On Mind Mapping

I don’t think of myself as particularly organized, but I do like to prioritize and reason things out both visually and conceptually with at least a modicum of order, and over the years the only approach (other than notetaking) that has consistently stuck with me is mind mapping.

Jumping The Queue

First off, and since I make extensive use of mind maps to keep track of activites and task lists, let’s get the “Getting Things Done” elephant out of the room – I find To Do lists, checklists, or any other form of standalone task tracking to be less than useless, since they inevitably turn into a dumping ground of miscellanea, sitting in their little isolated app.

But I tend to be almost obsessively methodical (and depth first) in some things, so I try to capture current state of what I am doing, so that I can get up to speed quickly if I’m interrupted (which I almost always am).

So I usually have tasks in mind maps as part of a context, which means that when I am looking at a task, I usually have all the info required to do it right alongside.

Another thing that really works for me instead of hunting through various project tools (or chat windows, or notes in OneNote, or Kanban boards, or whatever) is just , which again provides me with all the context I usually need. Mail may be out of fashion, but flagged messages are still a good blend of To Dos and my documentation.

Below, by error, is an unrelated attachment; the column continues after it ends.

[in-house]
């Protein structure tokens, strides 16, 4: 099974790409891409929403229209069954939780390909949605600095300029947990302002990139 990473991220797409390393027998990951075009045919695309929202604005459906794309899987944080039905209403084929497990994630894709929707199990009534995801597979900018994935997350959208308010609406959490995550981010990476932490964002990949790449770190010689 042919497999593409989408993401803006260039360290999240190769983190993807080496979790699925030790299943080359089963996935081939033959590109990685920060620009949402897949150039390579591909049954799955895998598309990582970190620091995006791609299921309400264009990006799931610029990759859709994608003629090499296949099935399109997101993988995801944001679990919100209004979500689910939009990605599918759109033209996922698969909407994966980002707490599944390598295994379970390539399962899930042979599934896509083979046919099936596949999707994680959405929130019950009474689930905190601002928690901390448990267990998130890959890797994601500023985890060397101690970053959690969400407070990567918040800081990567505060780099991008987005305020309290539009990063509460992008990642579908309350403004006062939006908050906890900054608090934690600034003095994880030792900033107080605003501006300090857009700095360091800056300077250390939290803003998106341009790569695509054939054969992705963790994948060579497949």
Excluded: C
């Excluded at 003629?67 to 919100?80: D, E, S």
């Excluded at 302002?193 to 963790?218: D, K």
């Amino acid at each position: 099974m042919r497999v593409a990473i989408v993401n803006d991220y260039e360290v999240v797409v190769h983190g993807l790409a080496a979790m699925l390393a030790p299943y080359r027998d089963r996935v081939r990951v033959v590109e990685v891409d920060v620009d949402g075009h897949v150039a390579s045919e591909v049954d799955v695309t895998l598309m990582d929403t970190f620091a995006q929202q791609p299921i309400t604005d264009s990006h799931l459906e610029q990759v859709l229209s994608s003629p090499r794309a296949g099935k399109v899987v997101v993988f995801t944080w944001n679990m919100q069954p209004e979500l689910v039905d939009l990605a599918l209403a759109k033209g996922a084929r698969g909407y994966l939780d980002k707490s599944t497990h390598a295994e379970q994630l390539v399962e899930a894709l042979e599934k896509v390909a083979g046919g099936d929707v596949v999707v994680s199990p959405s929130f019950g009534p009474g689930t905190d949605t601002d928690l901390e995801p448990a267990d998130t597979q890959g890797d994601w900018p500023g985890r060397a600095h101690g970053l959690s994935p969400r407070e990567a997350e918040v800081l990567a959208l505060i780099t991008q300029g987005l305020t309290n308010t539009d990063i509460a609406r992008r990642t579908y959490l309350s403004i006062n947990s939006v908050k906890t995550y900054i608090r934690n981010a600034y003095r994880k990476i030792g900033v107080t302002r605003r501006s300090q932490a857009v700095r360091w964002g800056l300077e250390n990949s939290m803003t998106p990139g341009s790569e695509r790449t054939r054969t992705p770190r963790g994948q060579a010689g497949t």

Then there’s notetaking. Wikis (like this site, and vimwiki for smaller things) have mostly fixed that problem too.

Keeping track of the bigger picture, though, is another matter. For reasoning things out, understanding dependencies and (ultimately) figuring out what what needs to be done, I use mind maps - sometimes for a single project, sometimes for an entire domain of work (or personal interests).

Why Mind Maps?

I like mind maps because they leverage my visual memory in ways no other tool does, and make structure immediately apparent in ways no other organizational tools can in a number of situations: note-taking, planning, and even live discussion.

And that works not just for myself but also when working with others, since the relative positions of nodes can be as informative (and often more memorable) than entire sentences.

In particular, I find that the work of actually mapping out things and their relationships helps me focus on even the dreariest of matters, something that has been extremely useful during the pandemic and various episodes of near-burnout.

There’s a certain sense of accomplishment from visually laying out things, and the spatial relationships really help in terms of recollection and focus.

So I will typically start out building a mind map of the things that I find weird or potentially risky in a particular project, and then, as I build a more structured view of the work itself (which is typically around people, outcomes and timelines) move them into the right places to figure out how to deal with them.

There are many online “solutions” for mind mapping, but I refuse to use any of them since I want to own my data and nearly all of them are woefully limited and kludgey, so for the past few years I’ve been using native apps only, all of which I can get my data out of if needed.